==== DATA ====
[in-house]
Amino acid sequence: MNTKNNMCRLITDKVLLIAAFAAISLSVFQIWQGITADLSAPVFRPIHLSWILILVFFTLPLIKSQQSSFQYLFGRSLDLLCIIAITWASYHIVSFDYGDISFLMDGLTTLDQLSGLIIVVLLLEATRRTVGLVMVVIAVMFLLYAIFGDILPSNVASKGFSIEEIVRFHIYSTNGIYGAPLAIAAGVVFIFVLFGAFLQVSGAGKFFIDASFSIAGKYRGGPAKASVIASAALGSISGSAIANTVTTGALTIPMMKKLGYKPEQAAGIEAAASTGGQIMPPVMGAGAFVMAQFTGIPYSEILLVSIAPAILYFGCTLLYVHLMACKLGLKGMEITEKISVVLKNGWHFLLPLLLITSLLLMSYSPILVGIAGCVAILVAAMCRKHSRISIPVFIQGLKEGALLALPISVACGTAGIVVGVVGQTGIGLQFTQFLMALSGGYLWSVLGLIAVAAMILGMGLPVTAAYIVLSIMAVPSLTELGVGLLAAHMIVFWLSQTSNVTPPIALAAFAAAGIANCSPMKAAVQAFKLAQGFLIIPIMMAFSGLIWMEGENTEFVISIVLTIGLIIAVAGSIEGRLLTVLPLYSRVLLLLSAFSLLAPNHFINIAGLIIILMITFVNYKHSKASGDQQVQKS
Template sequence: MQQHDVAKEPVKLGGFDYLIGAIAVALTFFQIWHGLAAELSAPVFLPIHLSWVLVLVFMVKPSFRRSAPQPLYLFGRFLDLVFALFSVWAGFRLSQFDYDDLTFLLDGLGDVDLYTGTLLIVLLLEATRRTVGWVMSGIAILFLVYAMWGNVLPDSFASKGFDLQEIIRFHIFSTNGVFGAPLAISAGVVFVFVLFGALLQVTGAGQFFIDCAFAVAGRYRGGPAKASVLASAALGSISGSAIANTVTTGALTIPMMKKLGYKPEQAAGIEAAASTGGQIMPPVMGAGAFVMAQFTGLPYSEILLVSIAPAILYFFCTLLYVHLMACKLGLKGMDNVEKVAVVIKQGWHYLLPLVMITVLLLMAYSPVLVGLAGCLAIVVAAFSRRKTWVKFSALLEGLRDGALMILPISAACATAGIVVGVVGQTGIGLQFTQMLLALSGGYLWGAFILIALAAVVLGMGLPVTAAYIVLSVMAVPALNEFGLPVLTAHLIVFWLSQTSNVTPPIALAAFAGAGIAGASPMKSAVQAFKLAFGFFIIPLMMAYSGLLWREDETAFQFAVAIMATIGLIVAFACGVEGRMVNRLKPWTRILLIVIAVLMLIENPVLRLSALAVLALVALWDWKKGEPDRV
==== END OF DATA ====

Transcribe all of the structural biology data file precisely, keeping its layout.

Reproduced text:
[in-house]
Amino acid sequence: MNTKNNMCRLITDKVLLIAAFAAISLSVFQIWQGITADLSAPVFRPIHLSWILILVFFTLPLIKSQQSSFQYLFGRSLDLLCIIAITWASYHIVSFDYGDISFLMDGLTTLDQLSGLIIVVLLLEATRRTVGLVMVVIAVMFLLYAIFGDILPSNVASKGFSIEEIVRFHIYSTNGIYGAPLAIAAGVVFIFVLFGAFLQVSGAGKFFIDASFSIAGKYRGGPAKASVIASAALGSISGSAIANTVTTGALTIPMMKKLGYKPEQAAGIEAAASTGGQIMPPVMGAGAFVMAQFTGIPYSEILLVSIAPAILYFGCTLLYVHLMACKLGLKGMEITEKISVVLKNGWHFLLPLLLITSLLLMSYSPILVGIAGCVAILVAAMCRKHSRISIPVFIQGLKEGALLALPISVACGTAGIVVGVVGQTGIGLQFTQFLMALSGGYLWSVLGLIAVAAMILGMGLPVTAAYIVLSIMAVPSLTELGVGLLAAHMIVFWLSQTSNVTPPIALAAFAAAGIANCSPMKAAVQAFKLAQGFLIIPIMMAFSGLIWMEGENTEFVISIVLTIGLIIAVAGSIEGRLLTVLPLYSRVLLLLSAFSLLAPNHFINIAGLIIILMITFVNYKHSKASGDQQVQKS
Template sequence: MQQHDVAKEPVKLGGFDYLIGAIAVALTFFQIWHGLAAELSAPVFLPIHLSWVLVLVFMVKPSFRRSAPQPLYLFGRFLDLVFALFSVWAGFRLSQFDYDDLTFLLDGLGDVDLYTGTLLIVLLLEATRRTVGWVMSGIAILFLVYAMWGNVLPDSFASKGFDLQEIIRFHIFSTNGVFGAPLAISAGVVFVFVLFGALLQVTGAGQFFIDCAFAVAGRYRGGPAKASVLASAALGSISGSAIANTVTTGALTIPMMKKLGYKPEQAAGIEAAASTGGQIMPPVMGAGAFVMAQFTGLPYSEILLVSIAPAILYFFCTLLYVHLMACKLGLKGMDNVEKVAVVIKQGWHYLLPLVMITVLLLMAYSPVLVGLAGCLAIVVAAFSRRKTWVKFSALLEGLRDGALMILPISAACATAGIVVGVVGQTGIGLQFTQMLLALSGGYLWGAFILIALAAVVLGMGLPVTAAYIVLSVMAVPALNEFGLPVLTAHLIVFWLSQTSNVTPPIALAAFAGAGIAGASPMKSAVQAFKLAFGFFIIPLMMAYSGLLWREDETAFQFAVAIMATIGLIVAFACGVEGRMVNRLKPWTRILLIVIAVLMLIENPVLRLSALAVLALVALWDWKKGEPDRV